No one has felt the visual/verbal wrath of Kansas State's basketball coach more in the last two years more than Mr. Pullen.
Especially in Pullen's rookie season in 2007-08, the 6-foot guard was verbally lashed in front of sellout crowds in Bramlage Coliseum game after game.
If not in words, at least in play, Pullen occasionally bucked the Martin system that first season, and to a lesser degree, even again last year.
But today, the two are on the same page serving as best buddies as a coach and player can be. Martin has Pullen's back, and after Tuesday's 83-76 victory over Division II Fort Hays State, it was Pullen that had Martin's back.
"I think we still have people who are not buying into Frank's system," said Pullen, who scored 20 points and handed out five assists .
"My freshman year I had my struggles because one night it worked, and the next night I wasn't listening to him. You can see the people who have bought in because those are the people he plays."
Pullen wasn't finished.
"If you don't buy in, you're not going to play. He's not going to waste his time with you," Pullen said.
While appearing like it was a "do it my way" message sent, Martin insisted, "I don't send messages to anybody through playing time. I play guys who deserve to play. Guys that don't deserve to play aren't going to play. That's the way I am. It's not going to change."
Addressing the current freshman class, Pullen said that the adjustment has been tough for some in making the move from the high school ranks when "… you do things that you want to do. You know that you're the star player. You practice hard only one day out of three because you're the star."
With today's newcomer class, Pullen says, "They're not focusing during a three-hour practice. They're not buying in to what he wants to do. (Pause) Some are thinking, ‘Well, sooner or later he's going to say I recruited you, so I'm going to have to play you.' But that's not Frank. Hopefully, they will buy in before they're not here."
Pullen and senior guard Denis Clemente have emerged as the leaders of the team in action, and with Pullen, also in the spoken word.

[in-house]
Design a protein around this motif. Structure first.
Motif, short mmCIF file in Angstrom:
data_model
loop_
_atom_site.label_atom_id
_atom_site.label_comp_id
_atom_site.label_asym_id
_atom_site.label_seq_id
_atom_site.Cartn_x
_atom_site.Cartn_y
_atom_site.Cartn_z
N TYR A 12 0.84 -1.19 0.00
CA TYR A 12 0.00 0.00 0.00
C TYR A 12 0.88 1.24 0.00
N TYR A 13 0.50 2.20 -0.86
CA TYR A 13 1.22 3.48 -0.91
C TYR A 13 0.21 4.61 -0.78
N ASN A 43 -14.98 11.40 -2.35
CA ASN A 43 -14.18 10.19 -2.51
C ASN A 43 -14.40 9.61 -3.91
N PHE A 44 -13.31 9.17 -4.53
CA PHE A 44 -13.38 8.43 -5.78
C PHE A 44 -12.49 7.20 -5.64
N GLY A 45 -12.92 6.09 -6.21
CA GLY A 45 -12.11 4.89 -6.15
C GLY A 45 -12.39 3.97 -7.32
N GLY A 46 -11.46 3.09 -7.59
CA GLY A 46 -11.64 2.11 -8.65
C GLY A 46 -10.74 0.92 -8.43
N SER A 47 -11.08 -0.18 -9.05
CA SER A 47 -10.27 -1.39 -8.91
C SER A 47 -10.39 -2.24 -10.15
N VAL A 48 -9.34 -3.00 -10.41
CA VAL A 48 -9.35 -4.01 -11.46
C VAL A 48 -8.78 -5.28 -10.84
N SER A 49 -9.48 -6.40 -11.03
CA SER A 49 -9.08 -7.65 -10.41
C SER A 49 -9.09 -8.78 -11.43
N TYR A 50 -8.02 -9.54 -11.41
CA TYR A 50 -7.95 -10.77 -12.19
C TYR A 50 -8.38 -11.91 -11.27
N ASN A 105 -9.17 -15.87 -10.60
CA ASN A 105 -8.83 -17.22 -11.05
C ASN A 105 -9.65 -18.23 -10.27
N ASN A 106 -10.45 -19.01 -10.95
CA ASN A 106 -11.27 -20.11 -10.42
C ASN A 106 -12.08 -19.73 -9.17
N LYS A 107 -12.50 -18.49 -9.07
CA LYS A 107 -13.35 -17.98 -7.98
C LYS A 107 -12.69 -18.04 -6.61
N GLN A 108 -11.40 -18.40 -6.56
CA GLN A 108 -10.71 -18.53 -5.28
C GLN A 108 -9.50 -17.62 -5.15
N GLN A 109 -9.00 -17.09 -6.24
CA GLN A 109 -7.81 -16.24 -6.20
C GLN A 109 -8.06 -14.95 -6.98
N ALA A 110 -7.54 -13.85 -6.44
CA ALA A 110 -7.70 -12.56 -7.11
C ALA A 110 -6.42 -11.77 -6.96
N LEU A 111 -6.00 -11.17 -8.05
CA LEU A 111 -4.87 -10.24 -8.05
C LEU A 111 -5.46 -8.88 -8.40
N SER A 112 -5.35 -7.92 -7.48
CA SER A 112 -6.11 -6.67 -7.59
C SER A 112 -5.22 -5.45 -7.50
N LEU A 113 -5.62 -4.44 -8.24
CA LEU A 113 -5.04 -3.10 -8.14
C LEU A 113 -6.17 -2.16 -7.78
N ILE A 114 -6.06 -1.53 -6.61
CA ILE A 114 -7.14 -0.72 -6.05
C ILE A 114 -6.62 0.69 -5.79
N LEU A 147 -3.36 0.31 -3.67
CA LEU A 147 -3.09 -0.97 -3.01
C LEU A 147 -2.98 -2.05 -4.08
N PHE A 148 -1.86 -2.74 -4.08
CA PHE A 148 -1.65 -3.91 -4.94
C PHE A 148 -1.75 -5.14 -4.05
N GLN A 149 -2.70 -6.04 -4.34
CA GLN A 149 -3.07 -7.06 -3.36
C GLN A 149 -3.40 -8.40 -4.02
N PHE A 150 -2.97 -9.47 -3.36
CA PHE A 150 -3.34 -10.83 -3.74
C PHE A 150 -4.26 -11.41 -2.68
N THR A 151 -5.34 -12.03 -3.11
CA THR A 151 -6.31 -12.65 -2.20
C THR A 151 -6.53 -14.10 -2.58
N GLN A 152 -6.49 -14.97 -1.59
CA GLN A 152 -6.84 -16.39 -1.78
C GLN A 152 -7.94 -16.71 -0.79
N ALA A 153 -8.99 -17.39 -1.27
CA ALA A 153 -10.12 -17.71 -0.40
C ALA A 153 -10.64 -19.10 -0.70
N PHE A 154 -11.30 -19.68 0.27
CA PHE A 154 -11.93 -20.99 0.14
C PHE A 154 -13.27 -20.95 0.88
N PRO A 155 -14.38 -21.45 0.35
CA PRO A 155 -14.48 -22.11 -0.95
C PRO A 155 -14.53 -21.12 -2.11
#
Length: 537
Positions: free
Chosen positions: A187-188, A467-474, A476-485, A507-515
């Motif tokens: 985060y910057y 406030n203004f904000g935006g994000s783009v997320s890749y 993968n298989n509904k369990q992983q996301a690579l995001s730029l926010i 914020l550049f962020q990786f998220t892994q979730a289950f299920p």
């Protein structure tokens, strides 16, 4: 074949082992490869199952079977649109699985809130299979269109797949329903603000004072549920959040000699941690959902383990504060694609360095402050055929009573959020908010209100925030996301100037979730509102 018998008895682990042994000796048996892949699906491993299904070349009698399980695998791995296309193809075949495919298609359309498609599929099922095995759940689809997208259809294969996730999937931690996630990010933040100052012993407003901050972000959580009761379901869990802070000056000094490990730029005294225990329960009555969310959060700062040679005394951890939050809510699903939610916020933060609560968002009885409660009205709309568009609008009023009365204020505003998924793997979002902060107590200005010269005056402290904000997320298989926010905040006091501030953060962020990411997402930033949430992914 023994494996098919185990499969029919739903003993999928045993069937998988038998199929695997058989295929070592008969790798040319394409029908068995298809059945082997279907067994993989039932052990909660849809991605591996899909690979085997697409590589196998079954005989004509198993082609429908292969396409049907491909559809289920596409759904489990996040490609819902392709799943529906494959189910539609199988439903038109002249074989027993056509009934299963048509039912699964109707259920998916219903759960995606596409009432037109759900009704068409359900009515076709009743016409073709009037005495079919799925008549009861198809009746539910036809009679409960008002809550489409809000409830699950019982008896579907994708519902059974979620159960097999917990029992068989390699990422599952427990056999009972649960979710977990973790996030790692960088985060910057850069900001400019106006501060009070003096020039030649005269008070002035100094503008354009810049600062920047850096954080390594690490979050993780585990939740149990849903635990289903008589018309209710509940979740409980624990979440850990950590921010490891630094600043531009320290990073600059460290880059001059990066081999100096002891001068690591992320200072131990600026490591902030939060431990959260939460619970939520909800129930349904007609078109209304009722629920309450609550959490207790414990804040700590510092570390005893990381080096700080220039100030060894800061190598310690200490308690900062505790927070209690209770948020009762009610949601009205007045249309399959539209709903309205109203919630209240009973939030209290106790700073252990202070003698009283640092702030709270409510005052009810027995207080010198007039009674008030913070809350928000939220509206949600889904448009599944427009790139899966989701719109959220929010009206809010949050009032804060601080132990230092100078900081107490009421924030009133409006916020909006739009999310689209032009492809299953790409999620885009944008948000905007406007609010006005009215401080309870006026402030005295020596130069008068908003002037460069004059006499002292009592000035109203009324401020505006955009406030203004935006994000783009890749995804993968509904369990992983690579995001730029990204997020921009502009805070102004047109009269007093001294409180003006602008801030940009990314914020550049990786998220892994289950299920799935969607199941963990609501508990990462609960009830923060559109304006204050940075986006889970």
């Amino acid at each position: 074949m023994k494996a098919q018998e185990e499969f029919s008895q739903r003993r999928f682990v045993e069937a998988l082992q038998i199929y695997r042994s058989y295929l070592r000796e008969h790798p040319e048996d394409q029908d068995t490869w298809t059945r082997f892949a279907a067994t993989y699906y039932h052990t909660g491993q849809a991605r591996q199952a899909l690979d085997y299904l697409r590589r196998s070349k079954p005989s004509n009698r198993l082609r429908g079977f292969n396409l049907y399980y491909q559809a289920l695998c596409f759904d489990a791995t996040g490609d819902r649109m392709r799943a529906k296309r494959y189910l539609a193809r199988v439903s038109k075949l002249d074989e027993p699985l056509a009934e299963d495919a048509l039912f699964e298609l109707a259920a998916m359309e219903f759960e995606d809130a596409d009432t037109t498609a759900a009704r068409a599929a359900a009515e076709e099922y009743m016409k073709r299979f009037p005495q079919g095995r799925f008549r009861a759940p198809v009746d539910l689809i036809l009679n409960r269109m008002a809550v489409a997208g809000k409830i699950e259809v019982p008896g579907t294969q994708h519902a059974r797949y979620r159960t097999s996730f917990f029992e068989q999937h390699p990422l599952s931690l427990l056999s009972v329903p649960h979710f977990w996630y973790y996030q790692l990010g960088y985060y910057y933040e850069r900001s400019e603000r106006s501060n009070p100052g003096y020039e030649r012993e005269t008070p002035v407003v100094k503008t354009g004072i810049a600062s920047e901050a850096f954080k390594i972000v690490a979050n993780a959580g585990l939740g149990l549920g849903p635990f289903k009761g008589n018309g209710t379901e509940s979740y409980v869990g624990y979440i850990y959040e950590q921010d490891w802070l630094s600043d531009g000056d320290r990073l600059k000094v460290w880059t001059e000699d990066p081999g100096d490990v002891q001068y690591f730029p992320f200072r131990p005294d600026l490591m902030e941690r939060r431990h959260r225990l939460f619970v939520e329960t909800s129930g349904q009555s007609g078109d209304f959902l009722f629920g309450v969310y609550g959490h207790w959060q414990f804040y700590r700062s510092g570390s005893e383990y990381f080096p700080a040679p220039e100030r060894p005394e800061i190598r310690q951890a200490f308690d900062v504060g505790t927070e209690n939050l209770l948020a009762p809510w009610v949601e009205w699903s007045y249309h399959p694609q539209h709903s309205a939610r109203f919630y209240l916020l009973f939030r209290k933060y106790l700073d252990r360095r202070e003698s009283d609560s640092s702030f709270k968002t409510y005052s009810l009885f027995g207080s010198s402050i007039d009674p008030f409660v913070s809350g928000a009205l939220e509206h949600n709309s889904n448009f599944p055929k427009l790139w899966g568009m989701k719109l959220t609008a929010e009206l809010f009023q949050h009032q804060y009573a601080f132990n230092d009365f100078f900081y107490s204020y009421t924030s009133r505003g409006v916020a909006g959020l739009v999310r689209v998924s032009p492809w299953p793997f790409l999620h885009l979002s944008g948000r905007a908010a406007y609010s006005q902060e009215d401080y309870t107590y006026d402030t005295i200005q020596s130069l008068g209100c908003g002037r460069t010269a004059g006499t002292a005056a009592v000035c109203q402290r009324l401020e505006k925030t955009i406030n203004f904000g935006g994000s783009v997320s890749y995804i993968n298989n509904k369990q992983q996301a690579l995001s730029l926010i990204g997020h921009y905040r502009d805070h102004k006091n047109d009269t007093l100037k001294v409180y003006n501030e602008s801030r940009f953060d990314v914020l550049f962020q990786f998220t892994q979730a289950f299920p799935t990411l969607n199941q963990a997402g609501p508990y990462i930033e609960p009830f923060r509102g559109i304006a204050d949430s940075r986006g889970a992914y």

"I try (to communicate and lead players), but it gets to the point that it's tough. You still have to focus and prepare yourself for a game.
You can only want so much for someone. They have to want it themselves," Pullen said. "I try, but at the same time I have to go through Frank's practices and make sure I'm doing things right."
Martin said he appreciates Pullen's attempt to lead, but says, "When other guys aren't following, that's where we, as coaches, step in.
We decide the guys who deserve to play, and guys who don't deserve to play.
"If they don't want to be here, then they can leave," Martin said.
The Wildcat coach added of the practices this week, "A couple guys on the team will have their manhood challenged. They're either going to step up and join us, or they will quit."
While Clemente and Pullen know the K-State X and O sets, Pullen said, "We have two players playing hard, but three others who don't know what's going on. There are times when we call a set and you just see people who have no clue. You have people looking around not knowing what to do."
Pullen went as far to say that the knowledge of what's needed at the Big 12 level starts before the team hits the floor. "
You look at people in your locker room and try to think, ‘What are they thinking and how are they preparing?' Then when you go out and certain people don't perform to their abilities, you figure they weren't ready for the game, or they over looked the game. Those are the only two options."
Like Tuesday night against a far lesser talented Fort Hays State team that played K-State tough for the entire 40 minutes.
Saying it wasn't anything against Fort Hays State, Pullen said, "There's no way they should be in the game with us, but when you allow people to boost their confidence and believe they're equal with you … they fought us the whole game. They played hard. They didn't come in here intimidated. They had already played on the big stage at KU."